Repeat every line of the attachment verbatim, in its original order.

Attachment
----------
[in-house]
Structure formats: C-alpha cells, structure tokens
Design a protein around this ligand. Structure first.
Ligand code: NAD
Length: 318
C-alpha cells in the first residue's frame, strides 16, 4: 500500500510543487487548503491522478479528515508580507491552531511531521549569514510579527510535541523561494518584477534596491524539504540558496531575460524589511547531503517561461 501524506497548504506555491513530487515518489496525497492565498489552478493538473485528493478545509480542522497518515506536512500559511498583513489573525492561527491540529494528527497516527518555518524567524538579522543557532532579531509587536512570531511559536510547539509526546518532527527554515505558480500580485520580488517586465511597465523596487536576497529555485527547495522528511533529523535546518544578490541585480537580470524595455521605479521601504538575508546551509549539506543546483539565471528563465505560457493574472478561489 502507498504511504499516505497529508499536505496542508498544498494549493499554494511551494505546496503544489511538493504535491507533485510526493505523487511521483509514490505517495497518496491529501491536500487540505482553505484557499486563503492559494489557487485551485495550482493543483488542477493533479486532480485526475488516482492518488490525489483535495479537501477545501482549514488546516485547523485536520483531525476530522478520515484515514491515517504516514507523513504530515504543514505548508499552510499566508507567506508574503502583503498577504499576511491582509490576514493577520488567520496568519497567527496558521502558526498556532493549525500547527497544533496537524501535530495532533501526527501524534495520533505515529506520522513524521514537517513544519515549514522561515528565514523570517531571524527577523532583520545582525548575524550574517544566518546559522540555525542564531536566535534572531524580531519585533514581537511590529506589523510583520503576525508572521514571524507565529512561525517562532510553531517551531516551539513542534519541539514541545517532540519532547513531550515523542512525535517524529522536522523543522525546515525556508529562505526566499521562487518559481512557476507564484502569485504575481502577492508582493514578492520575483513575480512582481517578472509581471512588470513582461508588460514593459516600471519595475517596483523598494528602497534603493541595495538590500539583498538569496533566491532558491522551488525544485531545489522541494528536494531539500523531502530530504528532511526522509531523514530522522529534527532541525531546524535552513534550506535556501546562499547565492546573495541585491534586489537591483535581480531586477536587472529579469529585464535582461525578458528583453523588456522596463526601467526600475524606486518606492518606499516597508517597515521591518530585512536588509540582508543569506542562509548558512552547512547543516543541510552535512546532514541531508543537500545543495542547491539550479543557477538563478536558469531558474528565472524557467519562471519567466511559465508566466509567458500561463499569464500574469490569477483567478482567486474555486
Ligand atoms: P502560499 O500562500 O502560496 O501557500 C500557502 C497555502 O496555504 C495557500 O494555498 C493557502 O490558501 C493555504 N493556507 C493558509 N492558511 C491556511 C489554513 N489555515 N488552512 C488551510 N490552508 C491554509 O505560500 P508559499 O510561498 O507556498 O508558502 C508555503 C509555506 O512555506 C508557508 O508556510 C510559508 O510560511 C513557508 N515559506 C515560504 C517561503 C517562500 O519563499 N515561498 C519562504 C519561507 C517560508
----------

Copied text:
[in-house]
Structure formats: C-alpha cells, structure tokens
Design a protein around this ligand. Structure first.
Ligand code: NAD
Length: 318
C-alpha cells in the first residue's frame, strides 16, 4: 500500500510543487487548503491522478479528515508580507491552531511531521549569514510579527510535541523561494518584477534596491524539504540558496531575460524589511547531503517561461 501524506497548504506555491513530487515518489496525497492565498489552478493538473485528493478545509480542522497518515506536512500559511498583513489573525492561527491540529494528527497516527518555518524567524538579522543557532532579531509587536512570531511559536510547539509526546518532527527554515505558480500580485520580488517586465511597465523596487536576497529555485527547495522528511533529523535546518544578490541585480537580470524595455521605479521601504538575508546551509549539506543546483539565471528563465505560457493574472478561489 502507498504511504499516505497529508499536505496542508498544498494549493499554494511551494505546496503544489511538493504535491507533485510526493505523487511521483509514490505517495497518496491529501491536500487540505482553505484557499486563503492559494489557487485551485495550482493543483488542477493533479486532480485526475488516482492518488490525489483535495479537501477545501482549514488546516485547523485536520483531525476530522478520515484515514491515517504516514507523513504530515504543514505548508499552510499566508507567506508574503502583503498577504499576511491582509490576514493577520488567520496568519497567527496558521502558526498556532493549525500547527497544533496537524501535530495532533501526527501524534495520533505515529506520522513524521514537517513544519515549514522561515528565514523570517531571524527577523532583520545582525548575524550574517544566518546559522540555525542564531536566535534572531524580531519585533514581537511590529506589523510583520503576525508572521514571524507565529512561525517562532510553531517551531516551539513542534519541539514541545517532540519532547513531550515523542512525535517524529522536522523543522525546515525556508529562505526566499521562487518559481512557476507564484502569485504575481502577492508582493514578492520575483513575480512582481517578472509581471512588470513582461508588460514593459516600471519595475517596483523598494528602497534603493541595495538590500539583498538569496533566491532558491522551488525544485531545489522541494528536494531539500523531502530530504528532511526522509531523514530522522529534527532541525531546524535552513534550506535556501546562499547565492546573495541585491534586489537591483535581480531586477536587472529579469529585464535582461525578458528583453523588456522596463526601467526600475524606486518606492518606499516597508517597515521591518530585512536588509540582508543569506542562509548558512552547512547543516543541510552535512546532514541531508543537500545543495542547491539550479543557477538563478536558469531558474528565472524557467519562471519567466511559465508566466509567458500561463499569464500574469490569477483567478482567486474555486
Ligand atoms: P502560499 O500562500 O502560496 O501557500 C500557502 C497555502 O496555504 C495557500 O494555498 C493557502 O490558501 C493555504 N493556507 C493558509 N492558511 C491556511 C489554513 N489555515 N488552512 C488551510 N490552508 C491554509 O505560500 P508559499 O510561498 O507556498 O508558502 C508555503 C509555506 O512555506 C508557508 O508556510 C510559508 O510560511 C513557508 N515559506 C515560504 C517561503 C517562500 O519563499 N515561498 C519562504 C519561507 C517560508